Retired BASF employee Dr. Walter Zwick has spent many decades working in the field with smallholder farmers in Cambodia, sharing his agricultural expertise and helping train the next generation. Combined with a donation from BASF of 3,000 mosquito nets and financial support to buy new machinery, it is a long-term commitment that is making a real difference to local people’s lives and livelihoods.
Battambang province in northwest Cambodia is an area of jungle, mountains and fertile land. It has long been known as the country’s “rice bowl”. However, life for smallholder farmers and agricultural workers here can be hard, with many struggling to make ends meet. Water shortages, outdated production techniques and the ever-present risk of catching malaria mean that harvests are often disappointing. Providing food to feed their own families is not easy: many of the children here are malnourished.
Malaria is just one of the problems the farmers face, but it has been proven to be the biggest barrier to prosperity in many emerging economies. Although much progress has been made in the last decade toward combating malaria, in this part of Cambodia it is still endemic. On average people catch the disease as many as five times a year. For smallholders, that can mean losing several weeks work during critical periods in the agricultural cycle, resulting in a significantly reduced harvest. The knock-on effects are grave: the chances are increased of families being unable to feed themselves properly, while for the children the consequences of malnourishment and missing school hamper their prospects far into the future.
Dr. Walter Zwick, a retired BASF agriculture expert, has spent many years working with local farmers in Battambang to help improve their lives and livelihoods. Since retiring from BASF in 1999, he has worked for the Senior Expert Service, spending several months a year in Cambodia sharing his knowledge and experience.
However, helping arrange this donation is just one small part of Zwick’s long-term commitment to the region. Thanks to Zwick’s commitment, BASF has recently donated 3,000 Interceptor® long-lasting, insecticide-treated mosquito nets to the area. By reducing the risk of catching the debilitating disease, mosquito nets help ensure that farmers can work their fields, and their children can attend school. The nets have been distributed to local low-income families as well as to those affected by recent floods in the border area between Cambodia and Laos.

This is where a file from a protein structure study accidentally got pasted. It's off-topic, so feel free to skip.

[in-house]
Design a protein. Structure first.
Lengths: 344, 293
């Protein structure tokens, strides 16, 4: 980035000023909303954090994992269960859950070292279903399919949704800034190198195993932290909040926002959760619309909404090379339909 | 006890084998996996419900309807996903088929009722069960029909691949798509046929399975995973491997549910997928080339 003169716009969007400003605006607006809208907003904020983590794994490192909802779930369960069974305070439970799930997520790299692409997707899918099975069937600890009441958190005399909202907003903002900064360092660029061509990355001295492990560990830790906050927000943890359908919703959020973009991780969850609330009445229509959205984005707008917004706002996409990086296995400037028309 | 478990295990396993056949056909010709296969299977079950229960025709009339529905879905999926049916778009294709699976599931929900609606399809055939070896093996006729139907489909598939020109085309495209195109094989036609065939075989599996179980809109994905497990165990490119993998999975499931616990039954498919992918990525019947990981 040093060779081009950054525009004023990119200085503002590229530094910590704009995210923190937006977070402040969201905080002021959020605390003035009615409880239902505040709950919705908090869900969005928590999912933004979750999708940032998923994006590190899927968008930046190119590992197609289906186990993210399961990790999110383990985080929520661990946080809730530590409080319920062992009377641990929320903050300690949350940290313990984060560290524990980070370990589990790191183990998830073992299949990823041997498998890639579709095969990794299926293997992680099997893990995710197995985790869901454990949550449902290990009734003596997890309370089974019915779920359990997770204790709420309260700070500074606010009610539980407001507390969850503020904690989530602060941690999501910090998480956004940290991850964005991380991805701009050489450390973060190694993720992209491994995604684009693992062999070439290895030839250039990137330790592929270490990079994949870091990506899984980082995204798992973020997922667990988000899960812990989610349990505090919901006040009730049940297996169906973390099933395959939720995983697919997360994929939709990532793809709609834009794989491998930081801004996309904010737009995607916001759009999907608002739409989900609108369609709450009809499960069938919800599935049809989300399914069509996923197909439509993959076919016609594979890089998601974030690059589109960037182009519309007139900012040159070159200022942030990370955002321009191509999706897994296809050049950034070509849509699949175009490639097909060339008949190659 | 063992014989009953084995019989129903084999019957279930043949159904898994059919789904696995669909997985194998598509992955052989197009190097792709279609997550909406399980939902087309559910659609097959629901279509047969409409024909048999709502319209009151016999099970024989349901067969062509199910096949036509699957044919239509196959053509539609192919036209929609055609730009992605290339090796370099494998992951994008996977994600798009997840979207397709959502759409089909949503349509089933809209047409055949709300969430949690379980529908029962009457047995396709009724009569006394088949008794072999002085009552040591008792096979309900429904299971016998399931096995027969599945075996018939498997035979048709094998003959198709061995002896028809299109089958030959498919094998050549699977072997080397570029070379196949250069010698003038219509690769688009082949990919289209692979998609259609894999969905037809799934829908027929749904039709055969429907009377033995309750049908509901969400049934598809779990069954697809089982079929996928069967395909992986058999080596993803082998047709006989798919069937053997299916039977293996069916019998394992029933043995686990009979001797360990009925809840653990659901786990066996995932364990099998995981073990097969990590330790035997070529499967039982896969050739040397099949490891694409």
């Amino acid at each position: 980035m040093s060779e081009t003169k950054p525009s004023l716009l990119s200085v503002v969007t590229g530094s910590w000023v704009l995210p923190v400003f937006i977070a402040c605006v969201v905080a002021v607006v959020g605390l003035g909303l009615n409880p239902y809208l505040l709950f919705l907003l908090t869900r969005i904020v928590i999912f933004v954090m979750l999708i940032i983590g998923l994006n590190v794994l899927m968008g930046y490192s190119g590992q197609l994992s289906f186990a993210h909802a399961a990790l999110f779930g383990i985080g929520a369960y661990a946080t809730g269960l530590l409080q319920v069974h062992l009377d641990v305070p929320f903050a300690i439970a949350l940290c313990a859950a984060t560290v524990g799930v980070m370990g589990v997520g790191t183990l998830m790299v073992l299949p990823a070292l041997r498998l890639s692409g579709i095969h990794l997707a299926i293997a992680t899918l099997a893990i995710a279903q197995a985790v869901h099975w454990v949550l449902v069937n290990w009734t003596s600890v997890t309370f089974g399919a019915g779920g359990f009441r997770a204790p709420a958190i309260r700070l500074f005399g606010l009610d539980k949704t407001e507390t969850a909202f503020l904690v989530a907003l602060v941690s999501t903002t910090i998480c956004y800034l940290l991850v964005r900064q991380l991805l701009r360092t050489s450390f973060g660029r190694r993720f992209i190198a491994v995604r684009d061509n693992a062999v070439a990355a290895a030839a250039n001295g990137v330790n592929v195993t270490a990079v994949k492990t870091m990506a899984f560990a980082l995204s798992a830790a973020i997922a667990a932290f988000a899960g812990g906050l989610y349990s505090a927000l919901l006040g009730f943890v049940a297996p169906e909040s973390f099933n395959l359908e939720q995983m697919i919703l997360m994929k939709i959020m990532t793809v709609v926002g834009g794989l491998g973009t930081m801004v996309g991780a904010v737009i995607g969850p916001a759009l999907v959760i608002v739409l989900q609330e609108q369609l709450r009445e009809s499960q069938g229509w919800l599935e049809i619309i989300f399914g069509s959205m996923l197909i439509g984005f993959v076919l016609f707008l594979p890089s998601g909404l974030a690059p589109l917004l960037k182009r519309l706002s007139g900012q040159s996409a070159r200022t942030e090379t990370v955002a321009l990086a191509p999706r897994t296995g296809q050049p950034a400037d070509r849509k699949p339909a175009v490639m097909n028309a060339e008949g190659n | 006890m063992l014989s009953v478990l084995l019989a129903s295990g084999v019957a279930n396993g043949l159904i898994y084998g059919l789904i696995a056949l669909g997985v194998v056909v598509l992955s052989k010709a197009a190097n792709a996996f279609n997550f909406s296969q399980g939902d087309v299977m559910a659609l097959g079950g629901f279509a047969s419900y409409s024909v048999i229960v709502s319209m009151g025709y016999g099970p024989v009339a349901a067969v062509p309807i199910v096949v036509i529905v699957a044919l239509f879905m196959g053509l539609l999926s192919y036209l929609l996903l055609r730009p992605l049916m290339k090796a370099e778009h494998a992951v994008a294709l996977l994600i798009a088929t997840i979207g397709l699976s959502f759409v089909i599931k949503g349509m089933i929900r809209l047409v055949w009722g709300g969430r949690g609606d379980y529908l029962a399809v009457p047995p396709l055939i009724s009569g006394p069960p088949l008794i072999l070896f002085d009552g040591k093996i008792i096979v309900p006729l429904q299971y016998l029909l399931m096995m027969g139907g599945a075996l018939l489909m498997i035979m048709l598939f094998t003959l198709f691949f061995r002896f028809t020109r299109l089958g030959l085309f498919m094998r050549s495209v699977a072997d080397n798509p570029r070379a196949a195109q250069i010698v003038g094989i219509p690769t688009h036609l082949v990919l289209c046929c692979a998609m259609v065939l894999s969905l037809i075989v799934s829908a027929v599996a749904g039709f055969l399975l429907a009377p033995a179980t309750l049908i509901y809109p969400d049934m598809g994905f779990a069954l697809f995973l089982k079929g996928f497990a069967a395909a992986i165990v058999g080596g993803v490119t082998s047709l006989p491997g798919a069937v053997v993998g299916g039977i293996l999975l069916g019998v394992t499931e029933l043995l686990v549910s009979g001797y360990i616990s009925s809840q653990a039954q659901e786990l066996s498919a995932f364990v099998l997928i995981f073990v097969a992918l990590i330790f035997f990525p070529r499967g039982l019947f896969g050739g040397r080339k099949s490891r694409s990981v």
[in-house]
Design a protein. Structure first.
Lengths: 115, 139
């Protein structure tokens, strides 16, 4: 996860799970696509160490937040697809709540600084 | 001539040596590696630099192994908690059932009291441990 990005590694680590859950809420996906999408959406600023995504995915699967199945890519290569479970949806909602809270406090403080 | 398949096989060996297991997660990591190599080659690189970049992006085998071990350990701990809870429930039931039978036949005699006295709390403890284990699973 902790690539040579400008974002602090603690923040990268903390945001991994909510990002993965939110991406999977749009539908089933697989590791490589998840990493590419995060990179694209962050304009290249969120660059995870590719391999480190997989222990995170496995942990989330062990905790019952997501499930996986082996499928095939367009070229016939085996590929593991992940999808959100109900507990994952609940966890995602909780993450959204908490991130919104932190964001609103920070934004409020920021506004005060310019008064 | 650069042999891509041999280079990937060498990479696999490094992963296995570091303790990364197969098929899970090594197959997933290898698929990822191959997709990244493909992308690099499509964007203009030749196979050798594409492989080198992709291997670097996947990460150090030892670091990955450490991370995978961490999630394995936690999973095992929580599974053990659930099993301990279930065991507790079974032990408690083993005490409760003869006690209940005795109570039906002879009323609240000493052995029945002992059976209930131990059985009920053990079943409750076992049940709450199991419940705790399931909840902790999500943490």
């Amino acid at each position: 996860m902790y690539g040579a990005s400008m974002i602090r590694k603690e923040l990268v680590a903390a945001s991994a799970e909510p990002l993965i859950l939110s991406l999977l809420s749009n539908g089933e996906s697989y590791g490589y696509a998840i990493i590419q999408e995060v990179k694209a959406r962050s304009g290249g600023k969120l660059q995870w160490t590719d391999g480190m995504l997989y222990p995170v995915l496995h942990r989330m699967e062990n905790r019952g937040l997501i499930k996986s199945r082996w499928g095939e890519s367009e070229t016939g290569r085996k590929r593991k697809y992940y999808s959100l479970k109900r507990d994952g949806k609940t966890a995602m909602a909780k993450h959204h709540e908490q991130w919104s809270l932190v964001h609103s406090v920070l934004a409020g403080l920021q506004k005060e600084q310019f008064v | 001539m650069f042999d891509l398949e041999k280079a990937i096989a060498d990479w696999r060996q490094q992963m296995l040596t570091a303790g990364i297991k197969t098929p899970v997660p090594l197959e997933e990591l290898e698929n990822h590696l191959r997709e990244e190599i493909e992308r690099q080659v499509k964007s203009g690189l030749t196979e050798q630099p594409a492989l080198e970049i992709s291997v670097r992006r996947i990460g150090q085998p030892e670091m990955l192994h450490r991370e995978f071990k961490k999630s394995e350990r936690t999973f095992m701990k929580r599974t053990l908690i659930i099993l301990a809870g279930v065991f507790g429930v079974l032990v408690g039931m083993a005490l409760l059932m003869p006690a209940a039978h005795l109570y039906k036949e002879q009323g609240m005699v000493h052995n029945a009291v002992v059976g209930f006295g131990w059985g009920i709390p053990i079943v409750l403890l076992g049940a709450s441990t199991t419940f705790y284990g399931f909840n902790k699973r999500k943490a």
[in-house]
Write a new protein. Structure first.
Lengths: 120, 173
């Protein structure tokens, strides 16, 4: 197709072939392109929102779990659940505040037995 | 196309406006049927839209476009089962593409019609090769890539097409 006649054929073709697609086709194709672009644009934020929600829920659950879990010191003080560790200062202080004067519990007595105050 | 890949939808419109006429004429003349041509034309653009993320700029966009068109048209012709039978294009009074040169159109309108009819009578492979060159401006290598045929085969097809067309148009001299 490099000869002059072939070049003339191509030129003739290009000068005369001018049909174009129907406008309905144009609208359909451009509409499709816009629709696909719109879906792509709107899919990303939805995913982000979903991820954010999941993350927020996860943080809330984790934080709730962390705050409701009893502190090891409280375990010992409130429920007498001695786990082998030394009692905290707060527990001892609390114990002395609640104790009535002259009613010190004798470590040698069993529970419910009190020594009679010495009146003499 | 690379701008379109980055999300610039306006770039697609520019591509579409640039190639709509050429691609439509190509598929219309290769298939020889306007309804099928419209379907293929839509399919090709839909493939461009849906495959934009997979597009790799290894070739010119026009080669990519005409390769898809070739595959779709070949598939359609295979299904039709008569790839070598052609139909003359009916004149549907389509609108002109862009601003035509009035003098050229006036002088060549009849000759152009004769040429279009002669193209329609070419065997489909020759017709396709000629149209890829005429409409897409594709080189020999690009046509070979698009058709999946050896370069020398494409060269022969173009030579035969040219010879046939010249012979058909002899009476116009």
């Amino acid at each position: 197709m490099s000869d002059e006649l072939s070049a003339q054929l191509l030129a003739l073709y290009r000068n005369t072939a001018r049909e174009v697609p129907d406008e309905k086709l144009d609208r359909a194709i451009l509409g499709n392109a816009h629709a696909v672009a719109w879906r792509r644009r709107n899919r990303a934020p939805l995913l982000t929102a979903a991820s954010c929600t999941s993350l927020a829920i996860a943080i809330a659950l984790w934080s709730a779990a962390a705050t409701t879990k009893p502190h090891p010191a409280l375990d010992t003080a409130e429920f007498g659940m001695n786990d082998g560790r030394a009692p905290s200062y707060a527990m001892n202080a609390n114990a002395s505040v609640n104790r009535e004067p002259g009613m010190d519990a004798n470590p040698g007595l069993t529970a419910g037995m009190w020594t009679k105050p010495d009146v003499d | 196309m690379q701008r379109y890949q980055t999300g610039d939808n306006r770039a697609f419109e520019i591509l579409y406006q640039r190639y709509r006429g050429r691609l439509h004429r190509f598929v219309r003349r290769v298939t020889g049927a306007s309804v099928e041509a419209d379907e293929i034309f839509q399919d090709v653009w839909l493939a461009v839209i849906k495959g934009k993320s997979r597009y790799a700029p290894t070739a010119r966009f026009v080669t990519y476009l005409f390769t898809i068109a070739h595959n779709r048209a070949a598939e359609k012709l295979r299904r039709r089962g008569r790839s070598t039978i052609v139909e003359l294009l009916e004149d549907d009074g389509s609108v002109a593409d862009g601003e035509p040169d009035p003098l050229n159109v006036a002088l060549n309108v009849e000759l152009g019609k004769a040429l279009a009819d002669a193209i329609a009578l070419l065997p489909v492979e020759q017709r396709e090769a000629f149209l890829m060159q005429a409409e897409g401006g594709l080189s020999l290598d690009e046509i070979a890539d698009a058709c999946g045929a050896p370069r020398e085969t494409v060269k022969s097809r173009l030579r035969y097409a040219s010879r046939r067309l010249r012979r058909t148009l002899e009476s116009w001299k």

A focus of his work has for many years been the Don Bosco Technical School in Phnom Penh and its model farm in Battambang. With the help of Zwick’s advice, the farm has improved production techniques and significantly increased its rice yields. A drying machine has been built and, with Zwick’s encouragement, the farm has also started growing vegetables as well as keeping fish, cattle, swine and poultry. He has even helped introduce the production of biogas from animal waste.
The model farm now produces enough food to provide up to 800 meals a day for the local school children. This has dual benefits – it means the children get nutritious meals and attend school more frequently.
“Looking to the next generation is essential if the improvements that have been made to date in the area are to be sustained long-term,” says Zwick. That is why he has also devoted much time to supporting the agricultural training center, where young farmers learn and put into practice new techniques, as well as training to fit new agricultural machinery. Financial support to buy a seed cleaning machine has also been provided by BASF.
It’s not only Cambodia that has benefited from Zwick’s commitment and experience over the years. He has also worked with the Senior Expert Service in Myanmar, the Philippines, and Belorussia, helping to improve agricultural methods and outcomes for farmers. In 2017 he was awarded the Order of Merit of the Federal Republic of Germany as recognition for his 14 years of service as a senior expert and agricultural advisor in Asia.
Success, according to Zwick depends to a great extent on the approach taken. “It’s not about imposing ideas from the outside, but about exchanging knowledge and understanding, and working with people on an equal footing,” he says. “With commitment like that, real change can be made for the better.”